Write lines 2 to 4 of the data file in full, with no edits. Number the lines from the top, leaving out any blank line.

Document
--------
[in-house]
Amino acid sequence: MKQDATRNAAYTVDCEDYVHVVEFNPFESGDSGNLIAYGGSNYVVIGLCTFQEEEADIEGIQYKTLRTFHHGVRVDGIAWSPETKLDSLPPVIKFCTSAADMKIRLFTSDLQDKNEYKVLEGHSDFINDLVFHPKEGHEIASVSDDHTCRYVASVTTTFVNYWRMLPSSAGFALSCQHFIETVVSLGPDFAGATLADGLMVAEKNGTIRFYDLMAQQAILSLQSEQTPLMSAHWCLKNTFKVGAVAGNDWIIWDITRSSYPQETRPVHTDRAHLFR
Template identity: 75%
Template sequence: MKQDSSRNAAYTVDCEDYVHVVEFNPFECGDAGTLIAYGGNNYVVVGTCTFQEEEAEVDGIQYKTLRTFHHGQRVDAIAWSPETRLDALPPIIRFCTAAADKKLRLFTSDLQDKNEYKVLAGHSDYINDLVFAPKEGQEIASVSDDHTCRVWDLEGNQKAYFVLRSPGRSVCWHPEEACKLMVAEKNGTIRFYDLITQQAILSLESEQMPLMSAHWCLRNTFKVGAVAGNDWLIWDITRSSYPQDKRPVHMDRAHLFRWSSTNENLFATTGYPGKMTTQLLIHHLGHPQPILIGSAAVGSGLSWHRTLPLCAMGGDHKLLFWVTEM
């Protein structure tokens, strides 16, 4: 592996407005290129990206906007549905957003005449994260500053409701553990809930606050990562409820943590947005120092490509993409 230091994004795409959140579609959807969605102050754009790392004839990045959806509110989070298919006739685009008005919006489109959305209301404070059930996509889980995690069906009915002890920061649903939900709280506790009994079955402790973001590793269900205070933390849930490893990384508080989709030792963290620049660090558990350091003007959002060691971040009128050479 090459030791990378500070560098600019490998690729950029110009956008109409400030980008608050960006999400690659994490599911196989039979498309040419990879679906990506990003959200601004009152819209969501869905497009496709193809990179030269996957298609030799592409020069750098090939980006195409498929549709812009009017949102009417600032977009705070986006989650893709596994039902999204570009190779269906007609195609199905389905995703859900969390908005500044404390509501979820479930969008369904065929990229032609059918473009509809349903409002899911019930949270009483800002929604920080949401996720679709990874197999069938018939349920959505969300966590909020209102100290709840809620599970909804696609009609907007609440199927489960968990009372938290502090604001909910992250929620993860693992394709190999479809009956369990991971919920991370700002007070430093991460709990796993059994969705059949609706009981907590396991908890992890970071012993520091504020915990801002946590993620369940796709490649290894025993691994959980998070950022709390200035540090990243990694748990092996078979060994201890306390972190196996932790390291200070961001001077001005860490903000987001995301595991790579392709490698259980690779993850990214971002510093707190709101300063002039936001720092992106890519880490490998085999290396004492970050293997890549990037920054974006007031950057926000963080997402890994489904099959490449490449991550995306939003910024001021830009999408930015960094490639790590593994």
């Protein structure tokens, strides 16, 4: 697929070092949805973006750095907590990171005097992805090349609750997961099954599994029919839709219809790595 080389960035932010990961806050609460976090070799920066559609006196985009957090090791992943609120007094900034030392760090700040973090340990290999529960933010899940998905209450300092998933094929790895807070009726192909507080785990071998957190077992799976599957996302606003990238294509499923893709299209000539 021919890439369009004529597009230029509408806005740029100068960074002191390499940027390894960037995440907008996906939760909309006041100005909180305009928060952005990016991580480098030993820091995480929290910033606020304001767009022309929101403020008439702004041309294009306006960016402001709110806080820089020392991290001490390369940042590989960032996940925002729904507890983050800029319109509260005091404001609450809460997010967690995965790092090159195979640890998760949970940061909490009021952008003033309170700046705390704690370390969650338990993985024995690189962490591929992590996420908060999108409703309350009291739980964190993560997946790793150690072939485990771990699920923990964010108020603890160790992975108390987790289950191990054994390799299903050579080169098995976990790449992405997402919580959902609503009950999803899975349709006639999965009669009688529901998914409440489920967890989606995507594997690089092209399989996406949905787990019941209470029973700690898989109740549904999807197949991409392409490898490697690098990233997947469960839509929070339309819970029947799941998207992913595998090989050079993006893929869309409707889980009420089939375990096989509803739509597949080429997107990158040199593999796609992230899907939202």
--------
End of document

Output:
Amino acid sequence: MKQDATRNAAYTVDCEDYVHVVEFNPFESGDSGNLIAYGGSNYVVIGLCTFQEEEADIEGIQYKTLRTFHHGVRVDGIAWSPETKLDSLPPVIKFCTSAADMKIRLFTSDLQDKNEYKVLEGHSDFINDLVFHPKEGHEIASVSDDHTCRYVASVTTTFVNYWRMLPSSAGFALSCQHFIETVVSLGPDFAGATLADGLMVAEKNGTIRFYDLMAQQAILSLQSEQTPLMSAHWCLKNTFKVGAVAGNDWIIWDITRSSYPQETRPVHTDRAHLFR
Template identity: 75%
Template sequence: MKQDSSRNAAYTVDCEDYVHVVEFNPFECGDAGTLIAYGGNNYVVVGTCTFQEEEAEVDGIQYKTLRTFHHGQRVDAIAWSPETRLDALPPIIRFCTAAADKKLRLFTSDLQDKNEYKVLAGHSDYINDLVFAPKEGQEIASVSDDHTCRVWDLEGNQKAYFVLRSPGRSVCWHPEEACKLMVAEKNGTIRFYDLITQQAILSLESEQMPLMSAHWCLRNTFKVGAVAGNDWLIWDITRSSYPQDKRPVHMDRAHLFRWSSTNENLFATTGYPGKMTTQLLIHHLGHPQPILIGSAAVGSGLSWHRTLPLCAMGGDHKLLFWVTEM